Rushed changes to North End Treatment plant could be catastrophic: mayor
WINNIPEG -- Mayor Brian Bowman said if the Pallister Government forces the city to rush changes to the North End sewage treatment plant, the results could be catastrophic and lead to delays.
On Thursday the province sent a letter to the city, denying a request for an extension of two years to bring the plant into compliance with its environmental license.
“As of January 1, 2020, the City will be out of compliance with their licence and consequently with their approved phosphorus compliance plan pursuant to The Water Protection Act," stated the letter.
"Manitobans expect action on Lake Winnipeg," said Manitoba Municipal Relations Minister Rochelle Squires on Thursday.
As a result, the province said it’s ordering the city to be part of an advisory group that will help implement an interim phosphorus reduction strategy on February 1.
"We will depend on expert advice, we will be cautious," said Manitoba Conservation Minister Sarah Guillemard on Thursday. "But I think Manitobans expect us to move foreward."
Bowman said that plan needs to be tested first to make sure it’s safe.
“A catastrophic failure means months of raw sewage flowing into the rivers and we know that that’s a risk that’s been identified by a third-party engineer,” said Bowman.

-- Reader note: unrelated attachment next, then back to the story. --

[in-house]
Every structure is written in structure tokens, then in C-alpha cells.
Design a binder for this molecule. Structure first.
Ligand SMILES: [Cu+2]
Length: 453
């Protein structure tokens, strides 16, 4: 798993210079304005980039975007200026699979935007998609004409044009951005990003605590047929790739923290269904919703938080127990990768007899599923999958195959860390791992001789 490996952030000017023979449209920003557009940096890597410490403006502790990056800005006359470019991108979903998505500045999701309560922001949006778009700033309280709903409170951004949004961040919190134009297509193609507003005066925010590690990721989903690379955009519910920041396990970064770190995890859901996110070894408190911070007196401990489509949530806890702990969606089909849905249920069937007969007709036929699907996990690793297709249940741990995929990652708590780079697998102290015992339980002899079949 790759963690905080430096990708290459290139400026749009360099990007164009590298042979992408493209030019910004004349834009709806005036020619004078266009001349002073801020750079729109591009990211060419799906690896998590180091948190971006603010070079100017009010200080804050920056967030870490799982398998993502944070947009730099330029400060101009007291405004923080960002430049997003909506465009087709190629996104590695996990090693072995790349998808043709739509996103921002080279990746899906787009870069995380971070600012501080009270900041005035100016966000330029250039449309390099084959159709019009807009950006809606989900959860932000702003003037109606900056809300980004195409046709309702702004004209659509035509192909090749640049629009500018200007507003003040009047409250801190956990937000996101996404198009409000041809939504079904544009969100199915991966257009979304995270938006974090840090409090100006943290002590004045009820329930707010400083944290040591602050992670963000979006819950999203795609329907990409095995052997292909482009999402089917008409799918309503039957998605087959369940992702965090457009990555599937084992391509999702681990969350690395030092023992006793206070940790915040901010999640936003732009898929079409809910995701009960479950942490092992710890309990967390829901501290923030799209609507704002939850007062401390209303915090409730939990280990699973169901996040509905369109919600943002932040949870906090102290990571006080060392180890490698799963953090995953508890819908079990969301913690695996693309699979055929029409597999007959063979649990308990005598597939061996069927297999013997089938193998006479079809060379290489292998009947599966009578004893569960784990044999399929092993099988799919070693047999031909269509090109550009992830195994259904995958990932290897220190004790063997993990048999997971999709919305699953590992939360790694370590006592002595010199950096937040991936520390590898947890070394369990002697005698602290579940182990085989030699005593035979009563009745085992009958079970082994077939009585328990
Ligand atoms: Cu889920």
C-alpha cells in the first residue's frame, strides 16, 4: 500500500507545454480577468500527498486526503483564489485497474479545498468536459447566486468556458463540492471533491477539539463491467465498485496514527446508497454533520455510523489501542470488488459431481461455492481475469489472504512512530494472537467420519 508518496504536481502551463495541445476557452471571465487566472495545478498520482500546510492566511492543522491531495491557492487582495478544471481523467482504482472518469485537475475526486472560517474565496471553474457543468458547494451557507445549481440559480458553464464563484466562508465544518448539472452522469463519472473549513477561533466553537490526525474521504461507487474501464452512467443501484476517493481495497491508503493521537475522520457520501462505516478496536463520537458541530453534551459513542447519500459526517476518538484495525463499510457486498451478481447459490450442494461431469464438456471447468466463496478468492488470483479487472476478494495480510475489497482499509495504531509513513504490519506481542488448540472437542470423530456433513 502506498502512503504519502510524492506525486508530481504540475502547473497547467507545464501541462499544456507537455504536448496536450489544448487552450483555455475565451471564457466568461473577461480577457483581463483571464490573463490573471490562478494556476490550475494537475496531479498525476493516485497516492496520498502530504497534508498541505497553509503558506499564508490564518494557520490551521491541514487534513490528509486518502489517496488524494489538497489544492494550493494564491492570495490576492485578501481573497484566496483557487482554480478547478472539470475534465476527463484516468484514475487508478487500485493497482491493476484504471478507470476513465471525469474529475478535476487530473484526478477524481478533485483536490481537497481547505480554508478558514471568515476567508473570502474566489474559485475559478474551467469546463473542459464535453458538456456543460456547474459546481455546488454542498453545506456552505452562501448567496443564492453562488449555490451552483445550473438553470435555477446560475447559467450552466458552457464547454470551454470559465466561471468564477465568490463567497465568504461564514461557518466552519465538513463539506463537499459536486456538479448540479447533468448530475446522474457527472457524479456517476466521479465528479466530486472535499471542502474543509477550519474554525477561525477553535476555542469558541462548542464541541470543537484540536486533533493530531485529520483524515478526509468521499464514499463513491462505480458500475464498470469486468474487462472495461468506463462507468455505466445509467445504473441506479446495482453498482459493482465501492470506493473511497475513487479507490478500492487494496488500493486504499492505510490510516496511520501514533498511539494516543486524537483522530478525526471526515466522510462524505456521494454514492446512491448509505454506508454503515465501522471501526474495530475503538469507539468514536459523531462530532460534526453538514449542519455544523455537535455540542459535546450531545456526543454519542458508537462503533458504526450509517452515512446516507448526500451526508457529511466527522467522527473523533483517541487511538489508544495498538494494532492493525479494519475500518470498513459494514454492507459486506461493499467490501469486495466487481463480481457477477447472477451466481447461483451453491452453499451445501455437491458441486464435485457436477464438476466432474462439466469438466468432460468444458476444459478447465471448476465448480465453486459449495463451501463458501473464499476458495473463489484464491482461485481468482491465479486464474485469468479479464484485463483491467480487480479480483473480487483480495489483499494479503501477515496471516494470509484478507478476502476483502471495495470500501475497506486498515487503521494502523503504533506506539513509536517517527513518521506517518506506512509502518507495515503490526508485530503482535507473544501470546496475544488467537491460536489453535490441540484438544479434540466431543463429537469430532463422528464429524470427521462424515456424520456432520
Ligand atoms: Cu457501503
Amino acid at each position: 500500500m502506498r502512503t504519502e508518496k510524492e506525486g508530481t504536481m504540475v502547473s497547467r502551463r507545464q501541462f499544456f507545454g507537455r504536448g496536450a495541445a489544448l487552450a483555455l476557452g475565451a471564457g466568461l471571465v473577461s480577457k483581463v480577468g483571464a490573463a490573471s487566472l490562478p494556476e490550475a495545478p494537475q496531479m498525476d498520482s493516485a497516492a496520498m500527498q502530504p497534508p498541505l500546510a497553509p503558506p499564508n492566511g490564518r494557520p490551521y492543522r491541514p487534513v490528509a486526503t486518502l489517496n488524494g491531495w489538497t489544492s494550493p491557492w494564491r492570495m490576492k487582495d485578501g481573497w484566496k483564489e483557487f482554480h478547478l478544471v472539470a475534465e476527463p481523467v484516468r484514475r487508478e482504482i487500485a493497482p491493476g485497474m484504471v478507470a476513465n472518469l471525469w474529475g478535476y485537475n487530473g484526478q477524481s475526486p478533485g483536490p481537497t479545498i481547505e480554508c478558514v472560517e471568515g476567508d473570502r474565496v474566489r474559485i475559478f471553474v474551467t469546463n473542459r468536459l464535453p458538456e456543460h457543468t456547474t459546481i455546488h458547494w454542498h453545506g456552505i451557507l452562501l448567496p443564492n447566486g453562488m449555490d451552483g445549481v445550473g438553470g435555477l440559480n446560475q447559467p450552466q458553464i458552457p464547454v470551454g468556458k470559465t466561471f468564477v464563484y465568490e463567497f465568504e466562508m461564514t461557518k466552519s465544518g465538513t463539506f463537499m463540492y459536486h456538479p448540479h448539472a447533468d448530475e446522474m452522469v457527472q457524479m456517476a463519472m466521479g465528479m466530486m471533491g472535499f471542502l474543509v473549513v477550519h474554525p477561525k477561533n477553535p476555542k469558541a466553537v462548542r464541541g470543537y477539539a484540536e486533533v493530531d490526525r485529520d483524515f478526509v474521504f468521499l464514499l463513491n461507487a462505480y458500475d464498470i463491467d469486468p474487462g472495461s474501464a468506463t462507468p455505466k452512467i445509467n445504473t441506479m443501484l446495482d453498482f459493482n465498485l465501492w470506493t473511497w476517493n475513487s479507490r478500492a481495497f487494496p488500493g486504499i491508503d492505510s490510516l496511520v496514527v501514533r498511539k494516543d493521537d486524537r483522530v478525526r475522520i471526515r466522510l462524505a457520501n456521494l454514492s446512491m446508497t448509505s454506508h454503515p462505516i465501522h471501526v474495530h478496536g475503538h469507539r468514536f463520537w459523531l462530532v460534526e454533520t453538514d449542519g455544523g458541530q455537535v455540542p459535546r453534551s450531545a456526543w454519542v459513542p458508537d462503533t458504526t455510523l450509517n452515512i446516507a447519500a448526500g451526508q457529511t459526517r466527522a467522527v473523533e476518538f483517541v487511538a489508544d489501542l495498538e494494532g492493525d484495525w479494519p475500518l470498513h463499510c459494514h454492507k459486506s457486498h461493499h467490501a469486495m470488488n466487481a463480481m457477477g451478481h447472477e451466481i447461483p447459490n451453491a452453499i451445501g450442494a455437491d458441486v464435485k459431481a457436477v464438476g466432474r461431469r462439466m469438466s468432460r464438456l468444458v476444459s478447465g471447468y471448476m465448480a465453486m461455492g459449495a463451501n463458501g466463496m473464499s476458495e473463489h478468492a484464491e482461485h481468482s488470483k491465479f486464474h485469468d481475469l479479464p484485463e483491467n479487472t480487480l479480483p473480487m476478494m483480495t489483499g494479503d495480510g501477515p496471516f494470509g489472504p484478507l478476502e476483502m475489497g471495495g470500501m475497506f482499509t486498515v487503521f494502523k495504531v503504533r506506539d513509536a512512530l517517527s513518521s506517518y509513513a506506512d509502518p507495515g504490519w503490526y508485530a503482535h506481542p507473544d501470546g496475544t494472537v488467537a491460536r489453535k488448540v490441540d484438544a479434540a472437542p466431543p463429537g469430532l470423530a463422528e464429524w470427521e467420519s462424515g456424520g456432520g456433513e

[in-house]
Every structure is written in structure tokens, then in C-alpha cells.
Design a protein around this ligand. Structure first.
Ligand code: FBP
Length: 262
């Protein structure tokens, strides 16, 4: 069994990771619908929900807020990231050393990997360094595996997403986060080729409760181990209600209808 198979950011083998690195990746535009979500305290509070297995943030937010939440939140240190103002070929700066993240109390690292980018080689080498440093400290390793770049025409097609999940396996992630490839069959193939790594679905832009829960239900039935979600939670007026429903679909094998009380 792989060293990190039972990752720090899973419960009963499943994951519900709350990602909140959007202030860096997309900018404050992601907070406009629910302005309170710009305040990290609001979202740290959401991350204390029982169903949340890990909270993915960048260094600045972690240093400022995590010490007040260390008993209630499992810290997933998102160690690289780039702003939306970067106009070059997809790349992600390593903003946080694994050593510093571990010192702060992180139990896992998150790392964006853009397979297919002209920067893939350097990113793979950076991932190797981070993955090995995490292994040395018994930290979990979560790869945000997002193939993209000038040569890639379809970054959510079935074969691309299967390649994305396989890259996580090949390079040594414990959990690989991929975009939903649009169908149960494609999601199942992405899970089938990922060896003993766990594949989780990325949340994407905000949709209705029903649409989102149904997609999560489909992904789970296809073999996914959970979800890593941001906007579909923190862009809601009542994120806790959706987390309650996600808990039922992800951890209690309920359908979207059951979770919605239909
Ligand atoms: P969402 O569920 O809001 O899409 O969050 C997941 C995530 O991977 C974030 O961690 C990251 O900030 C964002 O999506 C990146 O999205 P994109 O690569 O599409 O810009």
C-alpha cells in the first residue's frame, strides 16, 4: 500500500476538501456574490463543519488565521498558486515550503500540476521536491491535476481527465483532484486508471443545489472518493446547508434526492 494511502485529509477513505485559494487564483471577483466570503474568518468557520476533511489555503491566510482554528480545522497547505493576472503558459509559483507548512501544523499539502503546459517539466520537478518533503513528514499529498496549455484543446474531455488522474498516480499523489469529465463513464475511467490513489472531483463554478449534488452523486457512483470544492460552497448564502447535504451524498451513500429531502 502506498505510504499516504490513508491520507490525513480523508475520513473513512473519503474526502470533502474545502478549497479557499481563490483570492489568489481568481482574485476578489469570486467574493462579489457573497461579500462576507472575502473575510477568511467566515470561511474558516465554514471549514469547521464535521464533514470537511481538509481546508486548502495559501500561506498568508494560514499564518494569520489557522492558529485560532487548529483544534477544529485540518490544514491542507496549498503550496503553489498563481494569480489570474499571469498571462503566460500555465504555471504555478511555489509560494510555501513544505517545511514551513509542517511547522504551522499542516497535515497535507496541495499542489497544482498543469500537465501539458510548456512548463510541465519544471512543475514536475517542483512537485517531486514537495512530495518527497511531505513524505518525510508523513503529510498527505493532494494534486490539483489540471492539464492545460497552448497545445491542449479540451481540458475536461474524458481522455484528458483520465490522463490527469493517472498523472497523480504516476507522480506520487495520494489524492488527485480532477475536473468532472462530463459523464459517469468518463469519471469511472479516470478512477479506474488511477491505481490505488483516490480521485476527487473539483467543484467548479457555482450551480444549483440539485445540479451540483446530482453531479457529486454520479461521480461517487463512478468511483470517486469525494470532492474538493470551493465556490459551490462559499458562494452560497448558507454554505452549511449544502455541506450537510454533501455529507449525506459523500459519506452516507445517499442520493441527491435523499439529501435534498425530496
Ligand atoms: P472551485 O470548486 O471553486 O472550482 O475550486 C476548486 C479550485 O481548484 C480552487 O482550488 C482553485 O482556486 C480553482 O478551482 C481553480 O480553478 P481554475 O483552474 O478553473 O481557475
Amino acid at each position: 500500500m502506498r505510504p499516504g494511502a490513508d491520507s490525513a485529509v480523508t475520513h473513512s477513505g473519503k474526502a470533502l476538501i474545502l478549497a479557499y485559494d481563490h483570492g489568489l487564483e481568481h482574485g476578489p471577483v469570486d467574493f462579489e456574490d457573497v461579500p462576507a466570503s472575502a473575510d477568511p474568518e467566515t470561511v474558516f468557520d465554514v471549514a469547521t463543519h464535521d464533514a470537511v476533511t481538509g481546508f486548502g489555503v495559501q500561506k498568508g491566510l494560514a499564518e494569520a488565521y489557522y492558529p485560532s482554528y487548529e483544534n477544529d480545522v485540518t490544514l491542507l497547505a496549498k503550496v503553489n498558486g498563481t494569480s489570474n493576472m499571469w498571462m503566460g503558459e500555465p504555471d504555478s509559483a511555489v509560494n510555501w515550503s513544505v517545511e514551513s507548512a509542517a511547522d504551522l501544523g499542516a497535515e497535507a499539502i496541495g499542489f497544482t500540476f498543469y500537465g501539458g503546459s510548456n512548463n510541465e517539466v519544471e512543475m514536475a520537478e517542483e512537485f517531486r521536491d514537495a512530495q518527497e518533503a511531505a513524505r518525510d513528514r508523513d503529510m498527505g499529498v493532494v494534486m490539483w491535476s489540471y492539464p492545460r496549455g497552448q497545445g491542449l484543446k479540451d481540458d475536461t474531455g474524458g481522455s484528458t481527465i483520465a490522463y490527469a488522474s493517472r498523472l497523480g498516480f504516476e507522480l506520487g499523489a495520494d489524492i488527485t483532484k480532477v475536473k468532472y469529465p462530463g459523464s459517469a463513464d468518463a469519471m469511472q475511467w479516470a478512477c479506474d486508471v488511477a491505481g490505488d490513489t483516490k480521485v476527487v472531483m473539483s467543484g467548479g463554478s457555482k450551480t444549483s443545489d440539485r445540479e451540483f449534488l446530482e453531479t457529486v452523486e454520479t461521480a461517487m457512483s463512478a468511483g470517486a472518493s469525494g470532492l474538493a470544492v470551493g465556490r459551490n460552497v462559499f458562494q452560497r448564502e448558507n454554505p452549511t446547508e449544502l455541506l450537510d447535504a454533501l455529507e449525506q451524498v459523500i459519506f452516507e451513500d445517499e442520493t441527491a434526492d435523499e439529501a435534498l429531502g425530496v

The city currently has a Request for Proposal set to close this month on that study.
Overcapacity concerns, Bowman said if the interim measures move forward without testing, the city may have to reconsider sewage treatment service deals it has with Rosser and West St. Paul, as well as a new pea protein plant and a Maple Leaf expansion.
The entire upgrades for the sewage plant, which includes nutrient removal and other work, are estimated to cost $1.8 billion.
The province also said Thursday the advisory group will also put together “realistic” construction timelines for all the necessary upgrades.
The city has broken the project into three parts and is moving ahead with the first phase.
Bowman said the city can’t produce a construction schedule without money for the project from the provincial and federal governments.
The mayor cautioned what it would mean if the city had to move forward alone.
“The implications on water rates would be significant, I can’t underscore that enough,” said Bowman.
Guillemard said the funding will be discussed.
“There will be a dollar amount at some point,” said Guillemard. “That will be a discussion between all three levels of government, which portions belong to whom.”